Serbia is known for its many spa cities. Some of the best known springs are the Vrnjačka Banja, Bukovička Banja, Vrujci, Sokobanja and Niška Banja. The hottest spring in Serbia is at Vranjska Banja (96°C)
In Serbia, the word Banja implies a spa town.
Spa towns in Slovenia include Rogaška Slatina, Radenci, Čatež ob Savi, Dobrna, Dolenjske Toplice, Šmarješke Toplice and Moravske Toplice. They offer accommodation in hotels, apartments, bungalows, and camp sites. The Slovenian words terme or toplice imply a spa town.
Spa towns in Spain include:
Taiwan is home to a number of towns and cities with tourism infrastructure centered on hot springs. These include:
Some but not all UK spa towns contain "Spa", "Wells", or "Bath" in their names, e.g., Matlock Bath. Some towns are designated Spa Heritage Towns. Two out of three of the English towns granted the title "Royal", Royal Leamington Spa and Royal Tunbridge Wells, are spa towns.
- Chena Hot Springs, Alaska
- Hot Springs, Arkansas
- Desert Hot Springs, California
- Palm Springs, California
- Pagosa Springs, Colorado
- Warm Springs, Georgia
- Lava Hot Springs, Idaho
- West Baden Springs, Indiana
- Mount Clemens, Michigan
- Excelsior Springs, Missouri
- Jemez Springs, New Mexico
- Truth or Consequences, New Mexico
- Gila Hot Springs, New Mexico
- Ballston Spa, New York
- Saratoga Springs, New York
- Hot Springs, North Carolina
- Hot Springs, South Dakota
- Mineral Wells, Texas
- Warm Springs, Virginia
- Connell, Washington
- Bath (Berkeley Springs), West Virginia
- Waukesha, Wisconsin
- Saratoga, Wyoming
- Thermopolis, Wyoming
See: List of spa towns
- in the Arab world - Hammam
- in Australia
- in Belgium -
- in Bulgaria - Bani
- in Chile - Termas
- in Croatia - Toplice
- in Cyprus - Loutra-Therma
- in the Czech Republic - Lázně
- in Ethiopia - Filwoha
- in France - Bains, thermes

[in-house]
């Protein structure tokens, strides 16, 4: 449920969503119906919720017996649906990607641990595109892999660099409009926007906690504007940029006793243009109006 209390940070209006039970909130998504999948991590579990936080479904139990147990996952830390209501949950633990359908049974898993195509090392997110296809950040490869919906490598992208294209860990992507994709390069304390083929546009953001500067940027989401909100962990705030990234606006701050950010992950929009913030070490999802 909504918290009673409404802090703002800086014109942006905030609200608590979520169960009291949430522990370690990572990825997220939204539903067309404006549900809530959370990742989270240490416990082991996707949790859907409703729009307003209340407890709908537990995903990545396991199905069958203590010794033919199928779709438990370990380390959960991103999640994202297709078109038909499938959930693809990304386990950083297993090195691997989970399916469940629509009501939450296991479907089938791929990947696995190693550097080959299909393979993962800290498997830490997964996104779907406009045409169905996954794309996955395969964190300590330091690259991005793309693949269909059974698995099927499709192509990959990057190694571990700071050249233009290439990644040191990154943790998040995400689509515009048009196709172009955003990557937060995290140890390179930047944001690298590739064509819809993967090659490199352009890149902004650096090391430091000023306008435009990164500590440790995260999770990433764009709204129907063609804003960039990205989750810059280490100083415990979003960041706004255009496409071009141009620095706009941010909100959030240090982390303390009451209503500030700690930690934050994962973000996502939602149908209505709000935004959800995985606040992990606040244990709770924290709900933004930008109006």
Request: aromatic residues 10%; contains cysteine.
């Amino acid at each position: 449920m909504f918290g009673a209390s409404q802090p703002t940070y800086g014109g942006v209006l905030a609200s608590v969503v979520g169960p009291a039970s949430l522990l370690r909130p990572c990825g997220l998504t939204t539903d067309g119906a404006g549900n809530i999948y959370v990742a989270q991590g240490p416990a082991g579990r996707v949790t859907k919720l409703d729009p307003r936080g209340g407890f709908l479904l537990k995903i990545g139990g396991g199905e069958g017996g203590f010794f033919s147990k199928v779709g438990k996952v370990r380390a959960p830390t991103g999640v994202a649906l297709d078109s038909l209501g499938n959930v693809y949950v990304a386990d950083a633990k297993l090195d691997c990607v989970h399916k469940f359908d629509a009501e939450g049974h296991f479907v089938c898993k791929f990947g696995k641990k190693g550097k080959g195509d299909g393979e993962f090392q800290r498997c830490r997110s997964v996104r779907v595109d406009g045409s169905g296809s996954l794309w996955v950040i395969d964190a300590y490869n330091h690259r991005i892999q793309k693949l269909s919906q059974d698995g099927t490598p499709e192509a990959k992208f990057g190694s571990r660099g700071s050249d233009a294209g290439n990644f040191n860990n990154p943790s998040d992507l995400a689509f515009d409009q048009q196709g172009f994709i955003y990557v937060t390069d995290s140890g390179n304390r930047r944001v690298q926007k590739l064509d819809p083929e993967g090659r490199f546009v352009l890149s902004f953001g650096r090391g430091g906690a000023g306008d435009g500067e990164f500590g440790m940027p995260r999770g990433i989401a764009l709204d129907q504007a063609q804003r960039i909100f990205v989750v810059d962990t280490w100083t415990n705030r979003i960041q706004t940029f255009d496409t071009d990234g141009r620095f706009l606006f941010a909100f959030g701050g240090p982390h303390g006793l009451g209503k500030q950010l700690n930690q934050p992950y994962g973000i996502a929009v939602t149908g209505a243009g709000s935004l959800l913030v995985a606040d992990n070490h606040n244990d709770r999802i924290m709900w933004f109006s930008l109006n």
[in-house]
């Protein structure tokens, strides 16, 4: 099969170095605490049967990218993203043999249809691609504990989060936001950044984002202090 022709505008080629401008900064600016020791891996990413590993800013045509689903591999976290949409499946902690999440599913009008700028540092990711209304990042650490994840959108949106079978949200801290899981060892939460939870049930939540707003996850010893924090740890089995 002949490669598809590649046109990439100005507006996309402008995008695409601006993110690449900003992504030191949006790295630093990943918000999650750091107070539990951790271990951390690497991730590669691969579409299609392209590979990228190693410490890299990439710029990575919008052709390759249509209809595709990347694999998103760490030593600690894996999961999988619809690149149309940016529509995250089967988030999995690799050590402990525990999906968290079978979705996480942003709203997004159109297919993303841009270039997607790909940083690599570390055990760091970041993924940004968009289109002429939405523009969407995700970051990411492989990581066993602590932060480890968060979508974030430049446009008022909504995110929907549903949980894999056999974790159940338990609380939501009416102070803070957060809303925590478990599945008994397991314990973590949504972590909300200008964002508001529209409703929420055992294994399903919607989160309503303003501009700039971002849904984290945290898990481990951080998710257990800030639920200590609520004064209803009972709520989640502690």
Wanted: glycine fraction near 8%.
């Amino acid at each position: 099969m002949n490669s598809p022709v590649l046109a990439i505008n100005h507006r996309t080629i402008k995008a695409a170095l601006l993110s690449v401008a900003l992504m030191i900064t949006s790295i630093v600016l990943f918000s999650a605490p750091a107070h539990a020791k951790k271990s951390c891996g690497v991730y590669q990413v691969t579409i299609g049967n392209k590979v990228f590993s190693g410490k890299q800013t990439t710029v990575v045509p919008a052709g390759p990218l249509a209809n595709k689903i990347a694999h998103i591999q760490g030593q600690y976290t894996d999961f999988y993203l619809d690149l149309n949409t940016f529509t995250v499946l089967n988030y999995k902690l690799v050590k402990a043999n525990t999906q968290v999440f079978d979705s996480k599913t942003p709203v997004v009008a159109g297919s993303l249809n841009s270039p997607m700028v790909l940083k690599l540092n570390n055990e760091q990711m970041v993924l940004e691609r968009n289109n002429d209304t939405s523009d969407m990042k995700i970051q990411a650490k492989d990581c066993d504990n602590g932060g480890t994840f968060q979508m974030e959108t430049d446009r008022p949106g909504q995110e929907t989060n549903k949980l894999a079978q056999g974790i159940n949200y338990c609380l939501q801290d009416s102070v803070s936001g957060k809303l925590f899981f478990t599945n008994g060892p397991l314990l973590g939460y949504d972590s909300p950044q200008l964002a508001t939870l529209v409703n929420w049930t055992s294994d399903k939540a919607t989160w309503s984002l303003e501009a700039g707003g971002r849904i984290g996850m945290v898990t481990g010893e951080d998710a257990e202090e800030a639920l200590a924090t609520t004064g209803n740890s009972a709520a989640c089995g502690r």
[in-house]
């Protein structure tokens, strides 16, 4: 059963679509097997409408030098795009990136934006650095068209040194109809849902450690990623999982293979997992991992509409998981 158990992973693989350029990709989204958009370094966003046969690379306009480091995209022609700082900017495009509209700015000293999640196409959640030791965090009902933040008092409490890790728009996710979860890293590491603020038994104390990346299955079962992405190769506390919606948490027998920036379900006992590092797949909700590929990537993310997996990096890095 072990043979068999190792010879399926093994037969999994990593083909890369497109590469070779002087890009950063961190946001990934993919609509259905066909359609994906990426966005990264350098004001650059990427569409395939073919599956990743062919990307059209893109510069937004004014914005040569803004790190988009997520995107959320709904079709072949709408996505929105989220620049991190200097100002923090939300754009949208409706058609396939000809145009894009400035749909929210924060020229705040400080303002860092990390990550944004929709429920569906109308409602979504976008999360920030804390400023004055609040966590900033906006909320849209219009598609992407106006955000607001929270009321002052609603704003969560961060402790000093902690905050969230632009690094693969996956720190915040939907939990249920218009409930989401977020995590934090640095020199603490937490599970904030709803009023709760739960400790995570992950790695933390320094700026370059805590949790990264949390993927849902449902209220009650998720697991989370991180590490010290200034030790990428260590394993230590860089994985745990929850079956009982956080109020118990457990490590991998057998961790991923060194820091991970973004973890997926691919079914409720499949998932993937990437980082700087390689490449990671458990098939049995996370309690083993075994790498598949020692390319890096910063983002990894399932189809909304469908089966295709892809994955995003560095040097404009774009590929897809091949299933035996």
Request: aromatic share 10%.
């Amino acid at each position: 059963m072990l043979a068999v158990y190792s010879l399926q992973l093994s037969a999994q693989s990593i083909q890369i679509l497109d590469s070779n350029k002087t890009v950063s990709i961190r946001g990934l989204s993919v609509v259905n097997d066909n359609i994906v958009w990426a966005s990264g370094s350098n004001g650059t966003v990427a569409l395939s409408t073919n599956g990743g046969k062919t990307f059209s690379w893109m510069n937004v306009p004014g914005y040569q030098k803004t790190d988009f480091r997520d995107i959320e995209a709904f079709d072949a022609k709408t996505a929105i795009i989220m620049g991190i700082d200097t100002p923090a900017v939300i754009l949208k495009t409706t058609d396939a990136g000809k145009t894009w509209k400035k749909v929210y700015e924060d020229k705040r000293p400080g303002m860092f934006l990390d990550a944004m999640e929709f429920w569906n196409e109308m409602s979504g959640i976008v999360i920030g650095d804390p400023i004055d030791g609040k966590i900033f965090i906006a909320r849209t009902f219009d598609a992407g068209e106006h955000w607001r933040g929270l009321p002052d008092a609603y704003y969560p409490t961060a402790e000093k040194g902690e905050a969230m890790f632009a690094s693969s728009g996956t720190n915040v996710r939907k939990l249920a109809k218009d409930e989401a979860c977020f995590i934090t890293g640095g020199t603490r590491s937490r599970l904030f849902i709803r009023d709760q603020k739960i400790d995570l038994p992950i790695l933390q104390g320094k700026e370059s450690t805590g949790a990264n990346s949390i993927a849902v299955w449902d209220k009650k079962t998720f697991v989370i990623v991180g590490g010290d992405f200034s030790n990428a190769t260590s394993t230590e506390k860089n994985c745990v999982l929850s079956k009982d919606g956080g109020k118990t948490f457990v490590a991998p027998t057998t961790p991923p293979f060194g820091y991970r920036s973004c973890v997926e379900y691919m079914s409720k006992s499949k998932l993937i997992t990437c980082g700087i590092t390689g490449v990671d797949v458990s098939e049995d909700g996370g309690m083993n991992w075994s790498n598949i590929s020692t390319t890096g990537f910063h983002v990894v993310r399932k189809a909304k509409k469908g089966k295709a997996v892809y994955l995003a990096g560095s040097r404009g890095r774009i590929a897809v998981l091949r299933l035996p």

- in Georgia - სამკურნალო წყლები
- in Germany, Austria, and Switzerland - Bad, the first part of the names of most spa towns, a cognate to the English "bath" while "Therme" is used for the spa itself.
- in Greece - Loutra-Therma
- in Hungary - fürdő or -füred
- in Italy - Terme
- in Iran - "Cheshme Ab-e-Garm" or "Cheshme Ab-e-Madani"
- in Jamaica -
- in Japan - Onsen
- in Korea - 온천 or 사우나
- in Latvia - Jūrmala
- in Malaysia - Poring
- in Mexico- Termas or Balneario
- in New Zealand - Rotorua
- in Peru - Cuzco, Cajamarca
- in Poland - Krynica-Zdrój
- in Portugal - Caldas or Termas
- in Russia - Минеральные воды or Лечебные воды
- in Romania - Băile
- in Slovakia - Liečebné kúpele
- in Serbia - Banja
- in Spain - Termas or Balneario
- in Turkey - Termal or Kaplica
- in Ukraine - Лікувальні води
- Burns, D. Thorburn (1981). "Thomas Guidott (1638–1705): Physician and Chymist, contributor to the analysis of mineral waters". Analytical Proceedings including Analytical Communications: Royal Society of Chemistry. 18 (1): 2–6. doi:10.1039/AP9811800002. Retrieved 10 December 2007.
- "Healing Waters; Investigative Files (Skeptical Briefs June 2005)". Archived from the original on 24 October 2007. Retrieved 3 February 2008.
- https://www.hepburn.vic.gov.au/victorian-mineral-water-committee-strategic-master-plan/ Victorian Mineral Water Committee Tourism information
- "Reservoir Capital Corp.: 20MW Potential Estimated for the Vranjska Banja Geothermal Project". Retrieved 3 February 2012.
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- "Wallonia spas: Step into Belgium's impressive springs - Europe, Travel - Independent.co.uk". The Independent. London. 5 May 2007. Retrieved 3 February 2008.